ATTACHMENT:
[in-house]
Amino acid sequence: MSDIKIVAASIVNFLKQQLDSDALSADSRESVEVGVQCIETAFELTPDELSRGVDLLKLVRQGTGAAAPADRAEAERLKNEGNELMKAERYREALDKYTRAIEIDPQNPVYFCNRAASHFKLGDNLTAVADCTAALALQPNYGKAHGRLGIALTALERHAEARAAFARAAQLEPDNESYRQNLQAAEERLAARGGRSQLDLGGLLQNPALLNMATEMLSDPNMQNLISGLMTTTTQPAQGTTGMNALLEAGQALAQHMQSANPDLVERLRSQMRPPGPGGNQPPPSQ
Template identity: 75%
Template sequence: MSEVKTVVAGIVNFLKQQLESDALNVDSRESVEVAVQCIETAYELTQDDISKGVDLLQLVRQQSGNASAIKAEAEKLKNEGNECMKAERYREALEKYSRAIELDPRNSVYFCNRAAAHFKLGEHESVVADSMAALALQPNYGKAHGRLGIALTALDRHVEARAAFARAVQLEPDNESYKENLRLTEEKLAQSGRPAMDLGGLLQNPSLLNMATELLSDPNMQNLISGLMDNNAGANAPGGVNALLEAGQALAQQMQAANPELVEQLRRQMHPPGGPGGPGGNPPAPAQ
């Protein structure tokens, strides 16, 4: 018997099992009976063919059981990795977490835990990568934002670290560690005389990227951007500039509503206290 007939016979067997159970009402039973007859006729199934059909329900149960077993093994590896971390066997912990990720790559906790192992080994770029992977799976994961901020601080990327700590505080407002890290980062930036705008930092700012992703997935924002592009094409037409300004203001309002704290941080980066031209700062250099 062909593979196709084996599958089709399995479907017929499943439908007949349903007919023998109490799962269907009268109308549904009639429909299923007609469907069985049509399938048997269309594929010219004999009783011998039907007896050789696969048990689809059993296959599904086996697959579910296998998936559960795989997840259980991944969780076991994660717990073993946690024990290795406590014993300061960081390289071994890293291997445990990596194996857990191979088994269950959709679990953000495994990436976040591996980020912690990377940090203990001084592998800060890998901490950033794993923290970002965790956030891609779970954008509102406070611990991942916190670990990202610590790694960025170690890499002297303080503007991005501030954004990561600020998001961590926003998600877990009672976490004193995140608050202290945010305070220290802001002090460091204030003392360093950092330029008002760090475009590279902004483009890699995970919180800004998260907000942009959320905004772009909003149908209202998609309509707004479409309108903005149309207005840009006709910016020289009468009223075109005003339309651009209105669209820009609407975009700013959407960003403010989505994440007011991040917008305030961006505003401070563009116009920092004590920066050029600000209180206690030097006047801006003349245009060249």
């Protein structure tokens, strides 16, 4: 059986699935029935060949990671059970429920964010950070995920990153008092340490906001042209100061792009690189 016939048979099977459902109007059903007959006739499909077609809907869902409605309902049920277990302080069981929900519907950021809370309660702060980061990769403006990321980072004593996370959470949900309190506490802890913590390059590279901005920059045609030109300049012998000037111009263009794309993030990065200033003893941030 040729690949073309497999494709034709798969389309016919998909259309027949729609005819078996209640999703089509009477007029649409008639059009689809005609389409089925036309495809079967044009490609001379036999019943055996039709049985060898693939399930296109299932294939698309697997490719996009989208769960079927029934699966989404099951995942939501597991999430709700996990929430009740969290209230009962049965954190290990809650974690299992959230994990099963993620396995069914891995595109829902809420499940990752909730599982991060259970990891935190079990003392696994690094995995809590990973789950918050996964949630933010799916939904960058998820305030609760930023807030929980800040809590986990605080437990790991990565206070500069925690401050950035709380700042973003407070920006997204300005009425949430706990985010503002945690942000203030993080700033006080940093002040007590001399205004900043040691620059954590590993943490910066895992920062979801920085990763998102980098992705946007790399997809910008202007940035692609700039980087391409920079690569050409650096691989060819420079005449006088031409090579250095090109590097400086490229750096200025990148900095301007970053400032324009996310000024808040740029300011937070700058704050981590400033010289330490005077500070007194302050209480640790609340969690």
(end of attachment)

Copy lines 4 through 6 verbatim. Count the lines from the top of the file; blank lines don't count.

Template sequence: MSEVKTVVAGIVNFLKQQLESDALNVDSRESVEVAVQCIETAYELTQDDISKGVDLLQLVRQQSGNASAIKAEAEKLKNEGNECMKAERYREALEKYSRAIELDPRNSVYFCNRAAAHFKLGEHESVVADSMAALALQPNYGKAHGRLGIALTALDRHVEARAAFARAVQLEPDNESYKENLRLTEEKLAQSGRPAMDLGGLLQNPSLLNMATELLSDPNMQNLISGLMDNNAGANAPGGVNALLEAGQALAQQMQAANPELVEQLRRQMHPPGGPGGPGGNPPAPAQ
């Protein structure tokens, strides 16, 4: 018997099992009976063919059981990795977490835990990568934002670290560690005389990227951007500039509503206290 007939016979067997159970009402039973007859006729199934059909329900149960077993093994590896971390066997912990990720790559906790192992080994770029992977799976994961901020601080990327700590505080407002890290980062930036705008930092700012992703997935924002592009094409037409300004203001309002704290941080980066031209700062250099 062909593979196709084996599958089709399995479907017929499943439908007949349903007919023998109490799962269907009268109308549904009639429909299923007609469907069985049509399938048997269309594929010219004999009783011998039907007896050789696969048990689809059993296959599904086996697959579910296998998936559960795989997840259980991944969780076991994660717990073993946690024990290795406590014993300061960081390289071994890293291997445990990596194996857990191979088994269950959709679990953000495994990436976040591996980020912690990377940090203990001084592998800060890998901490950033794993923290970002965790956030891609779970954008509102406070611990991942916190670990990202610590790694960025170690890499002297303080503007991005501030954004990561600020998001961590926003998600877990009672976490004193995140608050202290945010305070220290802001002090460091204030003392360093950092330029008002760090475009590279902004483009890699995970919180800004998260907000942009959320905004772009909003149908209202998609309509707004479409309108903005149309207005840009006709910016020289009468009223075109005003339309651009209105669209820009609407975009700013959407960003403010989505994440007011991040917008305030961006505003401070563009116009920092004590920066050029600000209180206690030097006047801006003349245009060249």
């Protein structure tokens, strides 16, 4: 059986699935029935060949990671059970429920964010950070995920990153008092340490906001042209100061792009690189 016939048979099977459902109007059903007959006739499909077609809907869902409605309902049920277990302080069981929900519907950021809370309660702060980061990769403006990321980072004593996370959470949900309190506490802890913590390059590279901005920059045609030109300049012998000037111009263009794309993030990065200033003893941030 040729690949073309497999494709034709798969389309016919998909259309027949729609005819078996209640999703089509009477007029649409008639059009689809005609389409089925036309495809079967044009490609001379036999019943055996039709049985060898693939399930296109299932294939698309697997490719996009989208769960079927029934699966989404099951995942939501597991999430709700996990929430009740969290209230009962049965954190290990809650974690299992959230994990099963993620396995069914891995595109829902809420499940990752909730599982991060259970990891935190079990003392696994690094995995809590990973789950918050996964949630933010799916939904960058998820305030609760930023807030929980800040809590986990605080437990790991990565206070500069925690401050950035709380700042973003407070920006997204300005009425949430706990985010503002945690942000203030993080700033006080940093002040007590001399205004900043040691620059954590590993943490910066895992920062979801920085990763998102980098992705946007790399997809910008202007940035692609700039980087391409920079690569050409650096691989060819420079005449006088031409090579250095090109590097400086490229750096200025990148900095301007970053400032324009996310000024808040740029300011937070700058704050981590400033010289330490005077500070007194302050209480640790609340969690």